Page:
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Inaugural CMED class suits up at white-coat ceremony

Taking the stage with the first 64 students at the Central Michigan University College of Medicine’s inaugural white-coat ceremony Sunday, Kush Sharma, 21, was proud his class will lead the way for the future of medicine at CMU.

“One of the driving reasons I came here was that it’s often hard to say you were first,” he said. “But I’ll be proud to say that my classmates, and I will be pioneering this med school,”

Sharma, from Kalamazoo, finished his undergraduate studies at the University of Michigan last year. He was joined at the ceremony, on Aug. 4, by the rest of class and 450 friends and family of the students being inducted to the school.

As physician instructors draped the coats over the students’ shoulders, a long-standing tradition of medical schools was upheld. CMED is the 137th medical school in the country.

Endeavoring to serve the needs of Michigan’s urban and rural communities that are presently facing a shortage of physicians, CMED planned for its first class to be comprised 80 percent Michigan students in hopes that they will give back to their communities.

“If you look at the shortage, it is exacerbated by poor distribution,” CMED’s founding dean Ernest Yoder said. “We’ll be more successful to place physicians in those rural and underserved areas if we have residents of those areas.”

Although the first class was set to get to work the day after the ceremony with orientation and the beginnings of their studies, Yoder and other administrators at CMED were already planning the curriculum and courses for their second year.

“We’re going to be measuring the curriculum, achieving the objectives that have been set,” Yoder said of the next year at CMED. “I’m sure we’ll be finding things we need to tweak.”

According to Yoder, CMED is still working towards accreditation from the Liaison Committee on Medical Education, the national authority of medical schools leading to a doctor of medicine degree.

CMED did well in the preliminary stage of accreditation, Yoder said, and is now moving into the provisional stage. The college will be hosting a site visit by the LCME in November 2014, he said.

Yoder also said that construction for the Saginaw expansion will begin this fall. He said that third- year students will be shifted to the Saginaw-based campus for the rest of their training.

Yoder hoped to increase next year’s first-year class to 100 students. He said that when all classes are 100 students, the college will be at capacity.

“It was really tough envisioning this thing three years ago,” he said. “This (ceremony) is our first look at reality.”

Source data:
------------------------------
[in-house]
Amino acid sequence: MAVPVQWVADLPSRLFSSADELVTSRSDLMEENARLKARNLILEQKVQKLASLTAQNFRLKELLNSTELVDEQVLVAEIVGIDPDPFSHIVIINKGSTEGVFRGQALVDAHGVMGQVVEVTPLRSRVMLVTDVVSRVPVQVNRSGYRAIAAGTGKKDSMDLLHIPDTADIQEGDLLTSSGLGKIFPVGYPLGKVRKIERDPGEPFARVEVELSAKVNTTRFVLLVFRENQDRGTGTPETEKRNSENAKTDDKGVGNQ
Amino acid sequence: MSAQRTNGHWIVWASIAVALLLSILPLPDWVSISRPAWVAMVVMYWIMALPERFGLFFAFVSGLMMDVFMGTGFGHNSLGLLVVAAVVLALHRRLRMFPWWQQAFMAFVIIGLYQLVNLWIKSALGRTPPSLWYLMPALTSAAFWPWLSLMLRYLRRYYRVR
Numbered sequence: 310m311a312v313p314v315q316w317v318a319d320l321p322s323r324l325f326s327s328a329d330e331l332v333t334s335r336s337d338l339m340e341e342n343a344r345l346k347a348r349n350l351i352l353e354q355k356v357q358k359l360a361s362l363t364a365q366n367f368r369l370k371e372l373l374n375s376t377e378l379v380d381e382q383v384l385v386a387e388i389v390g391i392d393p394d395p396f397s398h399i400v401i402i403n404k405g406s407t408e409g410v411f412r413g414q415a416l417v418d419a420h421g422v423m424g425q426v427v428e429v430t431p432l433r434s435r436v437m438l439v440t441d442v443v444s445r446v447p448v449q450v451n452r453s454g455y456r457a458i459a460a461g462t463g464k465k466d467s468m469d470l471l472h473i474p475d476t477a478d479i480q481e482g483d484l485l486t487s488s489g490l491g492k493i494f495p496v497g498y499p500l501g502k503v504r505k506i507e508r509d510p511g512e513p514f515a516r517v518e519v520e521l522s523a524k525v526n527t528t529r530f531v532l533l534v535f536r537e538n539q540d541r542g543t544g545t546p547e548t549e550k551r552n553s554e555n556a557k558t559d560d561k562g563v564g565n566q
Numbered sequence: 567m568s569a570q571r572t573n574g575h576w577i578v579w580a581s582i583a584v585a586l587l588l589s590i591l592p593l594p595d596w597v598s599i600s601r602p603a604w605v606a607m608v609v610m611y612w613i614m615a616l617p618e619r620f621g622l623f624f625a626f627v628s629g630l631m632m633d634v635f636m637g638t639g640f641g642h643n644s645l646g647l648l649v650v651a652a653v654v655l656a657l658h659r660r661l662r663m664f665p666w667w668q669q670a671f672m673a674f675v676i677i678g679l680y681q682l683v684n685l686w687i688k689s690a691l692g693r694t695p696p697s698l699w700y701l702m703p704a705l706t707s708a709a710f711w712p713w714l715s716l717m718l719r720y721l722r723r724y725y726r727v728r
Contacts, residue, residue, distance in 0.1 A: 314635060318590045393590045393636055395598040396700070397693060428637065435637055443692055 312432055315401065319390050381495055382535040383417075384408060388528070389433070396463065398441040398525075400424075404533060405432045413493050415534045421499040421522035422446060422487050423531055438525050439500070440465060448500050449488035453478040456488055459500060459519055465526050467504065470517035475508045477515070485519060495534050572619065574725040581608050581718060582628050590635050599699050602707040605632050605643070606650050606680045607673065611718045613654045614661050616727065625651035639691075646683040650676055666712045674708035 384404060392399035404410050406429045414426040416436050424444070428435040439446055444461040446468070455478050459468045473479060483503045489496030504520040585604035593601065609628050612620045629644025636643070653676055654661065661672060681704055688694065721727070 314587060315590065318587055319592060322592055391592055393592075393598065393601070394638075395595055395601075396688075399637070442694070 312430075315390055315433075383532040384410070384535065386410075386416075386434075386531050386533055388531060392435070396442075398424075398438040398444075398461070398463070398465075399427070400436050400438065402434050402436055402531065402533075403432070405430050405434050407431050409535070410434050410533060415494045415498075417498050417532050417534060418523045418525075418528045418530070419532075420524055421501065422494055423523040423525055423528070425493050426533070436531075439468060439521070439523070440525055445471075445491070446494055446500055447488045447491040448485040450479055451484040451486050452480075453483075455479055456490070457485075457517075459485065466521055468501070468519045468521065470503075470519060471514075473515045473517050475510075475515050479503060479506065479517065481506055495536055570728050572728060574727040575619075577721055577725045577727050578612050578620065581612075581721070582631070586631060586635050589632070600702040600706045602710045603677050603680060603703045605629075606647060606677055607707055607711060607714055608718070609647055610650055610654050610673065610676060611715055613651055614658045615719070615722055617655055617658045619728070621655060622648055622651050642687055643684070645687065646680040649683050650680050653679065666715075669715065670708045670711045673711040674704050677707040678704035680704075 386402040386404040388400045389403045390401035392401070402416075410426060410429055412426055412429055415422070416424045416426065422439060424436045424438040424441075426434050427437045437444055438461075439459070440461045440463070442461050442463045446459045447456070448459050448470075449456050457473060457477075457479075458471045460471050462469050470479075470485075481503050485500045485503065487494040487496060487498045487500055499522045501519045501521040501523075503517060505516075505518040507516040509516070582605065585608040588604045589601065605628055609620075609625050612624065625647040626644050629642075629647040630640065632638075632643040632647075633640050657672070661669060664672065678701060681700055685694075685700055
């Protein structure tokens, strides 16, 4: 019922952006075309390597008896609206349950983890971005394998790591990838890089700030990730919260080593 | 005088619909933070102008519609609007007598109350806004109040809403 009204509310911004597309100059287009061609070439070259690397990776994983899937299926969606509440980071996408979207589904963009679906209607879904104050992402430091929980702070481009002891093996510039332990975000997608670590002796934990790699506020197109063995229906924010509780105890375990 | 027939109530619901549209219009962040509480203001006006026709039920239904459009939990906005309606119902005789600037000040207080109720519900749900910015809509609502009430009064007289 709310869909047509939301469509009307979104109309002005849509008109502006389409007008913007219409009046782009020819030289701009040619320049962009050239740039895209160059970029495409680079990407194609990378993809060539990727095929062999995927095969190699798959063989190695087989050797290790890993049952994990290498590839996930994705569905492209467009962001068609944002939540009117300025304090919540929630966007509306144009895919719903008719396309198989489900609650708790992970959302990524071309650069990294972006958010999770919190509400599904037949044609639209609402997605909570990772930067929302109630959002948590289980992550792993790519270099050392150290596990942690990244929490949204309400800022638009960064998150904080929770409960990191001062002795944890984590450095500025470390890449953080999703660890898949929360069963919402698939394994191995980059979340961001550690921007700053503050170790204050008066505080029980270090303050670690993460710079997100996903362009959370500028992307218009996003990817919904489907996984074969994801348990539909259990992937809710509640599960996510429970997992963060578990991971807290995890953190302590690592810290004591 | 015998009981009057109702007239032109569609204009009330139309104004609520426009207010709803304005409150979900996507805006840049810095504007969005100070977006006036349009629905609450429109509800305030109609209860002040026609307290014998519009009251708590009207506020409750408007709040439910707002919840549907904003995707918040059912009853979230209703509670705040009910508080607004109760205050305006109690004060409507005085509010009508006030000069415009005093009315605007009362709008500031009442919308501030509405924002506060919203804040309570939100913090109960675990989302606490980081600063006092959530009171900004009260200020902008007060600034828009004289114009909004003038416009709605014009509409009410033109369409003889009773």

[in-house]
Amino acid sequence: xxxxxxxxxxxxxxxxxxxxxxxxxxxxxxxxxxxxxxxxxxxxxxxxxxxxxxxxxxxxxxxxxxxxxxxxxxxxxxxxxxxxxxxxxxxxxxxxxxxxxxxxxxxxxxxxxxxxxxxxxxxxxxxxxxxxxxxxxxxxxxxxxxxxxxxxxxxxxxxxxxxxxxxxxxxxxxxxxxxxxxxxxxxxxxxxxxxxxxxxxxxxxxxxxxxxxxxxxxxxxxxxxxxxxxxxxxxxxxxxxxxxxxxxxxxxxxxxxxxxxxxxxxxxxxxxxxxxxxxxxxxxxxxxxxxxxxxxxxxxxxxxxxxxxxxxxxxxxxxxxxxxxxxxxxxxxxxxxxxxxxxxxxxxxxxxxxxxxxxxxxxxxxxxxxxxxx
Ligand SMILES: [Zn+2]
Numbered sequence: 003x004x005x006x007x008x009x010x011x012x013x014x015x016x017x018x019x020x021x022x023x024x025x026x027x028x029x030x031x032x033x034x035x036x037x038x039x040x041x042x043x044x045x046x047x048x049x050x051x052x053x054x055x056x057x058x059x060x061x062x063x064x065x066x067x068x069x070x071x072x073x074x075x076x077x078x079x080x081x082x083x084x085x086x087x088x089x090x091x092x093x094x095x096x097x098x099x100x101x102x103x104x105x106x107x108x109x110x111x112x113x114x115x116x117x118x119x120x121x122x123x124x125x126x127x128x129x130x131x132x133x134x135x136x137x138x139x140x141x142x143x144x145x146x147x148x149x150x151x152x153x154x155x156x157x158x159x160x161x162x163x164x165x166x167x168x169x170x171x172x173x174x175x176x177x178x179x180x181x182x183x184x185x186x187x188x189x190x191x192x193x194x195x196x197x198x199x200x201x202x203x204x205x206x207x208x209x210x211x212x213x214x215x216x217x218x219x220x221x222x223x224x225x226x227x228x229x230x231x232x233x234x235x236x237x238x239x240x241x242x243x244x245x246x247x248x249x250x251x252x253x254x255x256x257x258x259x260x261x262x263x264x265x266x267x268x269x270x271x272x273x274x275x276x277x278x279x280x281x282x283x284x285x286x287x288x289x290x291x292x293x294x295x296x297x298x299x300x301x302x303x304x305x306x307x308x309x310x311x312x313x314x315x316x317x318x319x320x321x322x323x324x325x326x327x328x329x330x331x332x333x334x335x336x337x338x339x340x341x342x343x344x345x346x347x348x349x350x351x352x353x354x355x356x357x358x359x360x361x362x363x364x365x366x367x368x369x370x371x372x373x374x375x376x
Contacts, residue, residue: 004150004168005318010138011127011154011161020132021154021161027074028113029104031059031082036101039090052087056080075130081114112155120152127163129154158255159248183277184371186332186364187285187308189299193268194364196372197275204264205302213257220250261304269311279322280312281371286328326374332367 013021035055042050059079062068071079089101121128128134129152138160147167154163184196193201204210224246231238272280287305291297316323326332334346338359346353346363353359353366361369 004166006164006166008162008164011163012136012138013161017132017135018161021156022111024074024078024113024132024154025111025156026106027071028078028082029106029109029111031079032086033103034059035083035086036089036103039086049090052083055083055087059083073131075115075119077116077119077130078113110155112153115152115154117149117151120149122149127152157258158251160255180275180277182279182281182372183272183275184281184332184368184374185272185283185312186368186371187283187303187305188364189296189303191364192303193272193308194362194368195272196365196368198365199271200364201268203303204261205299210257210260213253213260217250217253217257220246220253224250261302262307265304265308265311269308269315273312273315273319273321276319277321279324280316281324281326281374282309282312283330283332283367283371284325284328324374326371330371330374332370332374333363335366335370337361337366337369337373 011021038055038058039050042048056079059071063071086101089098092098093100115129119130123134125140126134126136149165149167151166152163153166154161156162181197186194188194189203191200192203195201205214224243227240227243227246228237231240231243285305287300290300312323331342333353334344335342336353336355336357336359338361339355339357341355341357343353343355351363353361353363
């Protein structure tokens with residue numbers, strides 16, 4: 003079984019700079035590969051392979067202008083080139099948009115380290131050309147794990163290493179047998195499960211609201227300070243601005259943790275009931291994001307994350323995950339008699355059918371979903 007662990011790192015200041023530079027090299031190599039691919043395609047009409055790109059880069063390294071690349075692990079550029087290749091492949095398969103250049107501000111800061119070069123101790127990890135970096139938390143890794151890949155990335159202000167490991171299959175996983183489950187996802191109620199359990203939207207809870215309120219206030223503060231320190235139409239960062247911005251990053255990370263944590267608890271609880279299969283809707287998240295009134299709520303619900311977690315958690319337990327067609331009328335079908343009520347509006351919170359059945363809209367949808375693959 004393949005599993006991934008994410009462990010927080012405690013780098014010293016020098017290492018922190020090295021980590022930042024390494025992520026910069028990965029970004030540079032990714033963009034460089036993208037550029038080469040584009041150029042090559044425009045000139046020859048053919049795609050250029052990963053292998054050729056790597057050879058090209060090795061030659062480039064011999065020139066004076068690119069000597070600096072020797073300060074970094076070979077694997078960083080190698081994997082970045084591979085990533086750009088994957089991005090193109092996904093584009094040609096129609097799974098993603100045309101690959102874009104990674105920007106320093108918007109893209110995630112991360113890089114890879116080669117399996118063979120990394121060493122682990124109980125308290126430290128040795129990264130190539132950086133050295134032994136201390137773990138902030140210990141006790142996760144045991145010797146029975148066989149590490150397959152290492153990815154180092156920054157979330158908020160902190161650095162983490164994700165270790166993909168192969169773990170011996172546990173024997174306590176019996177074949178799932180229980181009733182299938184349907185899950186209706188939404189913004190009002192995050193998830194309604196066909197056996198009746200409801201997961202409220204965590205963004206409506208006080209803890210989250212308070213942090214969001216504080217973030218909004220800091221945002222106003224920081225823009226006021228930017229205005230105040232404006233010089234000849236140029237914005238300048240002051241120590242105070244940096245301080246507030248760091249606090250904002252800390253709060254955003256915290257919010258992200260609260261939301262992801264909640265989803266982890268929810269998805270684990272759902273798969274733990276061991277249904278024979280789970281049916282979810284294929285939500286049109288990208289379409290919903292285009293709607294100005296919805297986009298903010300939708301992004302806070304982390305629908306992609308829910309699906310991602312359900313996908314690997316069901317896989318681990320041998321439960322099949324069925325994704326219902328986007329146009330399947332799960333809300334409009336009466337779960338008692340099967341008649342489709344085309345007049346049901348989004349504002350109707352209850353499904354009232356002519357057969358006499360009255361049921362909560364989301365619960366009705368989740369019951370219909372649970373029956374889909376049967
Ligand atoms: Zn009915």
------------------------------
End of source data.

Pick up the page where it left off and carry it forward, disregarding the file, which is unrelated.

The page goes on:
David Hirsch, associate professor of medicine at Harvard Medical School, was the guest speaker at the event and engaged the class in an interactive discussion about ethics and morality when serving as a physician.

“Wearing the white coat means moral practice, human practice,” Hirsch said. “Practicing medicine, things can get very intimate, very scary. There are all sorts of influences on how we decide things. It is moment-to-moment bits of reality.”

Neuroscience instructor Julien Rossiguol is certain that the students are up to the task.

Developing the neuroscience course for future students at CMED, Rossiguol said that the college’s goal of addressing local physician shortages is one that often comes secondary to other medical schools, even abroad.

“I think serving primarily local areas is great,” he said. “I came from France, and we have the same shortages there, but not a lot of schools say it is their first goal. Knowing more Michigan areas is great for the community.

“The students are a great group. I’m sure they’ll be a great class. I hope I will be as good as they will.”

Ann Arbor medical student Emily Fortin came to CMED after working closely with medical professionals at the Special Olympics in Mount Pleasant for three years.  She hopes to get her degree in physical medication and rehabilitation and then return to the annual event with much more to offer.

“They want us to stay here and serve our community,” she said. “It’s really important to me to give to my community. Getting more students involved in the Special Olympics would be great.”

And India medical student Suavia Girgla, a resident of Farmington said she hopes to follow in the footsteps of her father, an anesthesiologist.

“We are the ones who will have the opportunity to set it up; you can mold your education into what you want it to be,” she said of being in the inaugural class. “Med schools evolve, and we get to set the foundation.”

One Comment

  1. Very sad how CMU and other universities slowly start to glorify medical students and put them on a pedestal early on in their career, even before they graduated from medical school. How about a similar ceremony for other students? Med students put their pants on the same way as any other student. Yes, it’s a noble profession but the ego stroking doesn’t have to come from a public university.

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